It’s what I’m supposed to do to keep up appearances. Not because I’m self-conscious. Rather, it’s because I don’t want to have to expend the energy to evade questions about why I look like I haven’t changed out of my pajamas in four days, or washed my hair in six (there are days and times where, if I could, I would totally do that).
Those are the rarer moments.
The numbness was something I felt more 13 years ago as I broke out of where I was at that time and I came to write my novel Backbeat. As I did, the numbness began to crack open and in came the sting of long-dead spirit nerves coming back to life, feeling much like a foot that’s been asleep for hours. The pain was, at times, unbearable, but I knew it was from healing.
It was then the depression began to cling in me (and I do mean “in” and not “to”). It was as if the emotion part of me got a hiccup in it, a groove I can’t smooth out. Much like the scratches I somehow got on my glass coffee table.
A chunk of Heather Coding got lost and the patch I downloaded mostly fixed it. Mostly. It’s like I forget sometimes how to be happy, and sometimes it’s like I don’t even understand what it is, let alone be it. The sink hole opens up within me and I slide down into it, knowing there was something I was doing, something I was, something I had — but I don’t know how to grasp it again.
I suppose having that part of you be asleep and “unworking” (to coin a word) for so long does create a crease within you that cannot be flattened. Once crumpled, once wet, the book pages never sit quite right again, even if put under weights for awhile. Sometimes, it’s like I’m afraid to be happy. It becomes so foreign, even in the midst of it, I suddenly get gun shy of it and startled. At least, that’s the way it feels sometimes.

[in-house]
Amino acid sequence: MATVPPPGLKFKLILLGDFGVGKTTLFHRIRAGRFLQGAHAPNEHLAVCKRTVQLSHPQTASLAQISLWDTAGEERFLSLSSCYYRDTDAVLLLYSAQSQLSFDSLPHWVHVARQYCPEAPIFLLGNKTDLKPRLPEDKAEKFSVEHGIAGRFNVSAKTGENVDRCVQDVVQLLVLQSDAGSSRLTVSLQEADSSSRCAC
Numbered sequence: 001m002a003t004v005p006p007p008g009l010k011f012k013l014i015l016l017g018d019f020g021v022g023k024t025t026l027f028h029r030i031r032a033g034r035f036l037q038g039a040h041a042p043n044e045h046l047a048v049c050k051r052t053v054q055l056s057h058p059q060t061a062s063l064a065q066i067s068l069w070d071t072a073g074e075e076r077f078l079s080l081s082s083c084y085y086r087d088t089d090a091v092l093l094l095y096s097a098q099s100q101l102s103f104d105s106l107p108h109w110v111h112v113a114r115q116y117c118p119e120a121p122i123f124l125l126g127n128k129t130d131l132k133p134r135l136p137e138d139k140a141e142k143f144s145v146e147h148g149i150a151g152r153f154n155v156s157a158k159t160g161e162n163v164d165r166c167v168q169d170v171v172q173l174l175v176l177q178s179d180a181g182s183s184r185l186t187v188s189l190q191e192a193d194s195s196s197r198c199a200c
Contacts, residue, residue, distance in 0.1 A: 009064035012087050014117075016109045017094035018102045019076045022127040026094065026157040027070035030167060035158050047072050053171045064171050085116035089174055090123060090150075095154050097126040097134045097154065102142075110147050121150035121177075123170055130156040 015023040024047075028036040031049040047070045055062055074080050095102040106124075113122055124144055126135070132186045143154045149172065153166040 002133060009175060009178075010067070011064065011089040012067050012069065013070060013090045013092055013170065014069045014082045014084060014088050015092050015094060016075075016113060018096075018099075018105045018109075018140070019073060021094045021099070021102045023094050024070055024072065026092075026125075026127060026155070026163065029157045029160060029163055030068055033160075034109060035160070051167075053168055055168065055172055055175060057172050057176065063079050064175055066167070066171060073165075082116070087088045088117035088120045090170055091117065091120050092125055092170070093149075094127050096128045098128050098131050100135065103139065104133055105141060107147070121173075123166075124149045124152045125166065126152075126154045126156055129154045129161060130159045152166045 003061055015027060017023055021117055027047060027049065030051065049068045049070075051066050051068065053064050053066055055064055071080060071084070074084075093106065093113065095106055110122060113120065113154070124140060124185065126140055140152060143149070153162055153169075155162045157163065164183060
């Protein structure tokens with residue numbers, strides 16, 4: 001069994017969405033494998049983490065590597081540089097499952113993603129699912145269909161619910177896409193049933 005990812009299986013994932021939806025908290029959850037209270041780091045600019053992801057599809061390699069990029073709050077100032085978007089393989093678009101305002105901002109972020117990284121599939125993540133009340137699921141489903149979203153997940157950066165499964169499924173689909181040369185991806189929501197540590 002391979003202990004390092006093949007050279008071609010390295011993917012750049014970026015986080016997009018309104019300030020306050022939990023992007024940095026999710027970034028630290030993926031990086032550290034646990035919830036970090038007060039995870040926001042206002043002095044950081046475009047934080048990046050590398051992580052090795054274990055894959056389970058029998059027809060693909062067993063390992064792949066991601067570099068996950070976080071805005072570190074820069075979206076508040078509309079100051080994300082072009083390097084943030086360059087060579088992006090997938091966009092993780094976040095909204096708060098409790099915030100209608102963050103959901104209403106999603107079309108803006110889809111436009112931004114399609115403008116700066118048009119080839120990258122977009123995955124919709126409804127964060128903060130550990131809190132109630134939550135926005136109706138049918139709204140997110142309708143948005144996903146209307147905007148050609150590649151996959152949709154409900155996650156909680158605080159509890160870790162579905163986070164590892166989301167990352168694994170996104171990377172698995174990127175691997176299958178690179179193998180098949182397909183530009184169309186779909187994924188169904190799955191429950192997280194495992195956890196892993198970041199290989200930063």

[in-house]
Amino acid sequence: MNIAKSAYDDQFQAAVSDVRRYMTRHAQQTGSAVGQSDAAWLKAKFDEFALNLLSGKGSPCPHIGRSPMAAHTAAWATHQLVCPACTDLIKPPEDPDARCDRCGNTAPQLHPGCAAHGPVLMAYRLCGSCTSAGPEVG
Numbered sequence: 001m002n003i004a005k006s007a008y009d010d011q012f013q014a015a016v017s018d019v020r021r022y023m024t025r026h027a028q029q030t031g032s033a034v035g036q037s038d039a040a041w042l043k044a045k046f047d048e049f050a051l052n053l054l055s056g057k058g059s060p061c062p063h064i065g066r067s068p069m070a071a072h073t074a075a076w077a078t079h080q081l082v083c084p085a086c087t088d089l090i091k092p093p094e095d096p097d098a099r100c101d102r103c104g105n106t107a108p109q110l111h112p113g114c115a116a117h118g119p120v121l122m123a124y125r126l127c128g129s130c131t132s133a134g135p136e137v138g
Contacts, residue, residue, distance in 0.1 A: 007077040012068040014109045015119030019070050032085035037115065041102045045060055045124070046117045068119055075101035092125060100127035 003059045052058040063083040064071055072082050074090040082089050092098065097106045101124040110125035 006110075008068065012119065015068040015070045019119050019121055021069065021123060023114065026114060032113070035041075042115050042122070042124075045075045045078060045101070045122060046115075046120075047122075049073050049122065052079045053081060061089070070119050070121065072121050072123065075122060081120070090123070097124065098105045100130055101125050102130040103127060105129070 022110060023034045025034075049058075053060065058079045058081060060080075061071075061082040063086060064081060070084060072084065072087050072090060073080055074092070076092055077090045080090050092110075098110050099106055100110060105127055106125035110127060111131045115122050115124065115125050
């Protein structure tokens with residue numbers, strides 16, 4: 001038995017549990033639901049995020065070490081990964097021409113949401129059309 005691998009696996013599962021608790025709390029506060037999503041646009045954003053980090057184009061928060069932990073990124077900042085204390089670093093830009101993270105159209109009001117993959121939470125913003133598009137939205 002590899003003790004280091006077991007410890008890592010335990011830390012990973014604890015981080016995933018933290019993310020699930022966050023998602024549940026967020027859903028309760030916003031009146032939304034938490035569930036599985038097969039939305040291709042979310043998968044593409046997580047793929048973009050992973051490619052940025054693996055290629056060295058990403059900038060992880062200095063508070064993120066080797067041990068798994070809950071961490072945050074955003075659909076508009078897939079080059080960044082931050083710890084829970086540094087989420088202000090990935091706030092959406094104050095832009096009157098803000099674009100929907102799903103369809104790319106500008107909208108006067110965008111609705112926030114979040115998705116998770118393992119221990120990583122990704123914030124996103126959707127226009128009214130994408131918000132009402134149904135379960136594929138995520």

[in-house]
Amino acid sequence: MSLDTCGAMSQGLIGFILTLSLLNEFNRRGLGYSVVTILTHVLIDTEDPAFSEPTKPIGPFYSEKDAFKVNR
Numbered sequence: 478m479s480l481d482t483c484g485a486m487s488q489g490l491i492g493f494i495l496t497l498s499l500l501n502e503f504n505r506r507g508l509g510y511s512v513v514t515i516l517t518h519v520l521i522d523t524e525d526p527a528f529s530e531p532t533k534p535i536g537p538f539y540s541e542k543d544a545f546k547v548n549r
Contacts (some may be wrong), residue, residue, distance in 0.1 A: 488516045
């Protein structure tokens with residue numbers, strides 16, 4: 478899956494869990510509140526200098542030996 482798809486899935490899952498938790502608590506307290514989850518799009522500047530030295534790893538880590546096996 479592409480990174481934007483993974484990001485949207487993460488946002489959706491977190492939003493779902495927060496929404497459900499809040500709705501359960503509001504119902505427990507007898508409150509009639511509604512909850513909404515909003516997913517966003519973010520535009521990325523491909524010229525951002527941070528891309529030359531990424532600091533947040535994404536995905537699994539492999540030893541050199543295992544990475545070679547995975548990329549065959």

But I will take the despair over the numbness.
I think, maybe, I was in a place that was so intense with despair I shut off and shut down. I rendered myself numb. Flipped on auto-pilot and did what a proper citizen does: bathe, eat, sleep, smile, talk, walk, dress nicely (not because I cared, because otherwise people would notice how I was really (not) feeling).
My newest book Coming Home deals more outright with depression, though my character doesn’t realize that’s what she has; during that era (the 1960s) nobody talked about it. It wasn’t accepted. It wasn’t even accepted as I grew up in the 70s and 80s; instead, depression was something shameful and meant you were broken. Just someone caught in a pity party and who was self-centered. They just needed to friggin’ snap out of it.
And I’m here to tell you: It doesn’t work that way when you have depression.
It’s even that way sometimes when you’re on medication (which I thankfully, gratefully take twice a day!) It’s like existing in a world of continual grays and ash, even though you see colors — they don’t register. And it’s like walking around in grief all the time, except you don’t know what’s causing that. You wouldn’t tell someone who’s grieving to just “snap out of it” or to “get over yourself”. So please never say that to someone who has depression.
And though I’ve come a long way in the last fourteen years. I’ve come to accept and work with those phases, rather than against them. To learn how to accept them with compassion. Though sometimes I cannot. But, luckily, I’ve worked hard enough so that I’m okay with that, too. And I’ve learned to remind myself it will pass.
I do my best to accept it with compassion. Sometimes I just can’t, and so I accept that with compassion. Sometimes it’s just a whiff of existence in me. And sometimes I may as well be smooshed on the floor, surrounded by smoke from a fire. And then…it’s gone. Maybe after a few moments, maybe a few hours, maybe overnight, maybe a few days. I just suddenly notice it isn’t there anymore. After all, it’s not like it taps me on the shoulder and gives me a pointed goodbye.